Terrestrial ecosystems capture the equivalent of around 30-40% of total anthropogenic CO2 emissions each year. Over the past decade, terrestrial carbon dynamics have been driven by a unique combination of climatic and atmospheric conditions, largely as a consequence of variable ENSO conditions. The land 'sink' appears to have increased in magnitude while at the same time become more variable year-to-year. Beyond climate change, land-cover change, and atmospheric CO2, I will discuss additional mechanisms thought to be responsible for recent trends and variability in the terrestrial carbon cycle.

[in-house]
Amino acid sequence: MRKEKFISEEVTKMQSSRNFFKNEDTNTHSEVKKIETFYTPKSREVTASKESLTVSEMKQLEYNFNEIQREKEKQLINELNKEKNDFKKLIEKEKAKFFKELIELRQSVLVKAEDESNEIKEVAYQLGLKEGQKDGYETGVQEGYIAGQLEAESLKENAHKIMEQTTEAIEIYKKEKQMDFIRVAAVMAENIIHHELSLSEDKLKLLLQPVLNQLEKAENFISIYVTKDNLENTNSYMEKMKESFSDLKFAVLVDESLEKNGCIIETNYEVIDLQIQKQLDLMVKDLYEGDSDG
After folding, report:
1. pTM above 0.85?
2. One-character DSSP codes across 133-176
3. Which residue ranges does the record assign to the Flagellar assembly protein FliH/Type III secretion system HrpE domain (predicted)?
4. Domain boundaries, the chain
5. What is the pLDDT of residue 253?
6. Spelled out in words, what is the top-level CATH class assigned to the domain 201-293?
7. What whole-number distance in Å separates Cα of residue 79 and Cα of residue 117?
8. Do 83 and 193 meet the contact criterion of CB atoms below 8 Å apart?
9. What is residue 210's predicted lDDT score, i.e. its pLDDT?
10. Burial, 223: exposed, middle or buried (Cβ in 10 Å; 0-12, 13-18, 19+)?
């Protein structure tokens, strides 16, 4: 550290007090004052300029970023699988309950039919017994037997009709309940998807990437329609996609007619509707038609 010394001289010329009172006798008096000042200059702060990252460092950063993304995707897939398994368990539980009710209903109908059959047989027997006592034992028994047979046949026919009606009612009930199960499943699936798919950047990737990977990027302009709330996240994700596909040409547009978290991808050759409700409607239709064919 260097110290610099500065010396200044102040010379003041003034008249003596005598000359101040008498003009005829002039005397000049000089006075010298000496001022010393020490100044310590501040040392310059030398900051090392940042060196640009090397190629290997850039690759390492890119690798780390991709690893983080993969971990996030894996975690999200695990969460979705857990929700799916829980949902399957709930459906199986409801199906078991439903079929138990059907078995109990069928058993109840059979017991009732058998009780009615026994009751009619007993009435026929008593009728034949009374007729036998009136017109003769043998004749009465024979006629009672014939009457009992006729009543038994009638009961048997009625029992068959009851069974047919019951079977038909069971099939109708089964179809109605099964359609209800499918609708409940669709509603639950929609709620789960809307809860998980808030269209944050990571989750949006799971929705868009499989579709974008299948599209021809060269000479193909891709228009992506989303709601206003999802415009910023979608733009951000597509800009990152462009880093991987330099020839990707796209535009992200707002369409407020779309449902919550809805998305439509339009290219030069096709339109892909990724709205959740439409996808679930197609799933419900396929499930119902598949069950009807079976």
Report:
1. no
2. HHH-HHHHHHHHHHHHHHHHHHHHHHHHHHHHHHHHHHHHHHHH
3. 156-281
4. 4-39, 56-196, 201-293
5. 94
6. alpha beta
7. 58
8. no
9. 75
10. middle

Ben Poulter is a Research Scientist in the Biospheric Sciences Laboratory at NASA Goddard Space Flight Center. Previously, he has held positions at Montana State University, the Laboratoire des Sciences du Climat et de l'Environnement, the Swiss Federal Research Institute WSL, and the Potsdam Institute for Climate Impact Research (PIK). He received his PhD from Duke University in 2005.